Megxit and the Legacy of American Individualism

Prince Harry and Meghan Markle fought an uphill battle for acceptance since they announced their engagement. Meghan has been repeatedly attacked by the British press with what many view as a completely unprecedented level of vitriol, and at times verging into racism. The response to the couple's decision to leave the royal spotlight is reminiscent of the anger an abuser expresses when their victim attempts to leave the relationship. Just because I emotionally torture you doesn't mean you have a right to leave!

I know, I know; didn't we fight the revolution so we didn't have to worry about the drama of the royal family? But as you know, Meghan is American by birth, which makes the symbolism of her exit a little bit more complicated.

Last week, the New York Times "The Daily" Podcast discussed why Megxit matters in the context of Brexit. In summary, the segment of the population that is angriest at the couple's decision to leave overlaps with those who voted for Brexit: the older, more conservative, majority-white class. In voting for Brexit, people are holding tight to the British institutions that have defined the country's influence, and the monarchy is the most emblematic British institution of them all. To have this young couple,  the future of the British monarchy and debatably the two most grounded and approachable members of the family, turn their backs on the royal family is a rejection of British institutions at a time when the country has just voted to refocus on them. Harry and Meghan's choice feels evocative of the disapproval of much of the younger generation for Brexit. If they are symbolic of the future generation, what will England cling to if their future generation abandons them?

The flip side of this analysis is the realization that Meghan was raised in the United States, where historic institutions have a very different tilt than the eminence of the British monarchy. Beyond the fact that the establishment of the United States was a direct rejection of the English system, the values embodied in the Declaration of Independence and the Constitution emphasized a spirit of individualism that has permeated American thought to this day. Ever since the incorporation of John Locke's treatises in the Declaration, the concept of American government has begun and ended with the concept that individuals have inalienable freedom. While this concept is rife with hypocrisies--slavery and women's rights being the obvious, but certainly not exclusive, examples--the overall ideal has persisted.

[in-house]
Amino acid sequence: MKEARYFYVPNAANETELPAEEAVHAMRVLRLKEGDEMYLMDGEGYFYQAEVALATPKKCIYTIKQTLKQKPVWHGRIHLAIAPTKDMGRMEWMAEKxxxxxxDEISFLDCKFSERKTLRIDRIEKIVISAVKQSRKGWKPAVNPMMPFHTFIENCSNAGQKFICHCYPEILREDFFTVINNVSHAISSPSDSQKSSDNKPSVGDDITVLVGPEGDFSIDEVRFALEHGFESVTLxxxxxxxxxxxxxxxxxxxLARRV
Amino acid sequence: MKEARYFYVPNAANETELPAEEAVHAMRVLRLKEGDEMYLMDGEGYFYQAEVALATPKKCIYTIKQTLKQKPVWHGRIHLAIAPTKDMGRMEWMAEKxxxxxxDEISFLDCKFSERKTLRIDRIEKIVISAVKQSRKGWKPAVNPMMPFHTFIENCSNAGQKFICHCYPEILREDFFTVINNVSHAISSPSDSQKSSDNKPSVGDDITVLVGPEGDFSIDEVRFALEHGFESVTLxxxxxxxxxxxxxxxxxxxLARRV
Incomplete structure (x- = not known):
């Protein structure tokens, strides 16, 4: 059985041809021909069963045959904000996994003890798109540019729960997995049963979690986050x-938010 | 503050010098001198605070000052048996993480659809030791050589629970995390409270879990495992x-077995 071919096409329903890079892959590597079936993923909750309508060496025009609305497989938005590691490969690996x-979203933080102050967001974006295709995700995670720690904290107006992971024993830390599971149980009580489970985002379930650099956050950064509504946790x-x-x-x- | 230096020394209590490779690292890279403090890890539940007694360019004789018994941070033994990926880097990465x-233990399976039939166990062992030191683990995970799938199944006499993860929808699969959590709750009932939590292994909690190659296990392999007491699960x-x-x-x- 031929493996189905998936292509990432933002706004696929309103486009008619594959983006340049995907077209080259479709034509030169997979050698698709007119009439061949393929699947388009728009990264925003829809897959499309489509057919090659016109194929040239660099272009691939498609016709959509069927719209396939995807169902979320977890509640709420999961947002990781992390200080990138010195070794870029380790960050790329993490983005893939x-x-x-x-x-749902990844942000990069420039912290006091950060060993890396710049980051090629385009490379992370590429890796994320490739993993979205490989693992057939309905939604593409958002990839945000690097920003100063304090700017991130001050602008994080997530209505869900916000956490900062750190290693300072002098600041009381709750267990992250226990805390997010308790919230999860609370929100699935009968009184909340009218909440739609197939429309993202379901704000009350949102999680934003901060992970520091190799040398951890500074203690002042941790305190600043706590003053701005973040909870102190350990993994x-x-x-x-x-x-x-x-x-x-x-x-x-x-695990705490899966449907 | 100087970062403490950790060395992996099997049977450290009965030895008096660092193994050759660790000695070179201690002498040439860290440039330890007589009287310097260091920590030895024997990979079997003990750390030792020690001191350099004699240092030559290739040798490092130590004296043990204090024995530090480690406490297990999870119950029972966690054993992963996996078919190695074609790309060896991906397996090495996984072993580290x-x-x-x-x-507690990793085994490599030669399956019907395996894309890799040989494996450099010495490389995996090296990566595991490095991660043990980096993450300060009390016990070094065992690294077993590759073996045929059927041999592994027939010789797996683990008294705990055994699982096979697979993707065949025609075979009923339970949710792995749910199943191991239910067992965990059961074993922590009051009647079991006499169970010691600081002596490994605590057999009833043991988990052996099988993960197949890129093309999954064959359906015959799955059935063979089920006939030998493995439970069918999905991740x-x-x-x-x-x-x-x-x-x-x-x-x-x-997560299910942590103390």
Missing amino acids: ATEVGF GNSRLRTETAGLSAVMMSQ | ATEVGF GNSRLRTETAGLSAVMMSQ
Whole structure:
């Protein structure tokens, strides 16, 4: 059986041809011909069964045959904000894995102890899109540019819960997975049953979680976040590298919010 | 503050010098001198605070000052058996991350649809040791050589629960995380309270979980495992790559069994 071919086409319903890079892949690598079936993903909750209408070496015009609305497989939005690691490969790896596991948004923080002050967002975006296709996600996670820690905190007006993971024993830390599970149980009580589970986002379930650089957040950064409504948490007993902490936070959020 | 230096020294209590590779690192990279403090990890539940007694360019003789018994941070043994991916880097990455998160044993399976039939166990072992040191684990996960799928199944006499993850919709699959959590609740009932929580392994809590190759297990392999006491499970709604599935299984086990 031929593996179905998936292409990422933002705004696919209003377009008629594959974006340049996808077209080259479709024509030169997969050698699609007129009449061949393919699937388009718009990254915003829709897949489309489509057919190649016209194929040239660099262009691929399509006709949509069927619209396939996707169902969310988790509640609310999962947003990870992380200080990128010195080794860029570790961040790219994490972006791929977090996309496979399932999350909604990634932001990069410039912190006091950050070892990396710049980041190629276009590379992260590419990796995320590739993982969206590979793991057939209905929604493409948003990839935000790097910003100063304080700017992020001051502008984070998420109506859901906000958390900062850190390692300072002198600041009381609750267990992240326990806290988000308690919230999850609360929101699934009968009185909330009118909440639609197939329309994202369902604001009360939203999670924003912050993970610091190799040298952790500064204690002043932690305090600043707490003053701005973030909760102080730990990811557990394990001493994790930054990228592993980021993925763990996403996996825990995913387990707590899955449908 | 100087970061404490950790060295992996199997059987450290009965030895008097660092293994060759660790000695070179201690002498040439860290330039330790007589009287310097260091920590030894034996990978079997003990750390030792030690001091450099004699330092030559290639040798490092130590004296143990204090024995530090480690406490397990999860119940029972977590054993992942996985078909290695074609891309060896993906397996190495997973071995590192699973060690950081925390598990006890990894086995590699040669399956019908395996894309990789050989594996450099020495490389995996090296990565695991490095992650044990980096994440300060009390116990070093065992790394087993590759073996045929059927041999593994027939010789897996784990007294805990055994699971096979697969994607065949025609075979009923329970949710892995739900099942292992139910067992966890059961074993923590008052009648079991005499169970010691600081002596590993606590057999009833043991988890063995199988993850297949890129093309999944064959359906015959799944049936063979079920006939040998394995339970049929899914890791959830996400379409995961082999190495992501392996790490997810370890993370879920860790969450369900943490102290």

These historical values permeate even modern thought because the way that we present history impacts the way we think today. While school children in America are taught that monarchies deprive natural human rights, school children in England are taught that the monarchy is a critical fixture of history that has important cultural value today. If you were to envision a single person emblematic of the government, America's would likely be a yeoman farmer or Lady Liberty, while England's would likely be Queen Elizabeth. Neither is better than the other, but the attitude creates a divide in where individuality ranks in the importance of a successful institution. Americans believe individuals create the whole, while in England the monarchy is a shared identity system under which all individuals sit.

So while some Americans may look at Harry and Meghan's decision as the logical assertion of individuality in the face of an archaic institution, some British may see it as the betrayal of an institution that is larger than any individual actor. By marrying Harry, Meghan was agreeing to put her individualism aside. But the problem with this perceived agreement is that Americans are taught to believe that nothing can take this individualism away. Meghan never submitted herself to become part of symbolic institution to safeguard English history and governance because Americans cannot truly comprehend it. Seen in this light, her decision was not a violation of centuries-old pact with the British people: she was simply exercising her most basic right as a human being as taught to her by American history class, her right to choose.

No one understands the complexity of the couple's decision except Harry and Meghan themselves, and I can't presume to understand the feelings of betrayal I know some British feel. But the differences in how Americans and British feel about the decision highlight the different systems that are historically emblematic of our governments. It is not all that surprising, then, that Meghan would choose to exercise a liberty of choice that many might feel she had already forfeited. But after all, it's not the first time we've broken up with Britain.

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Sonja K. Eliason

January 26, 2020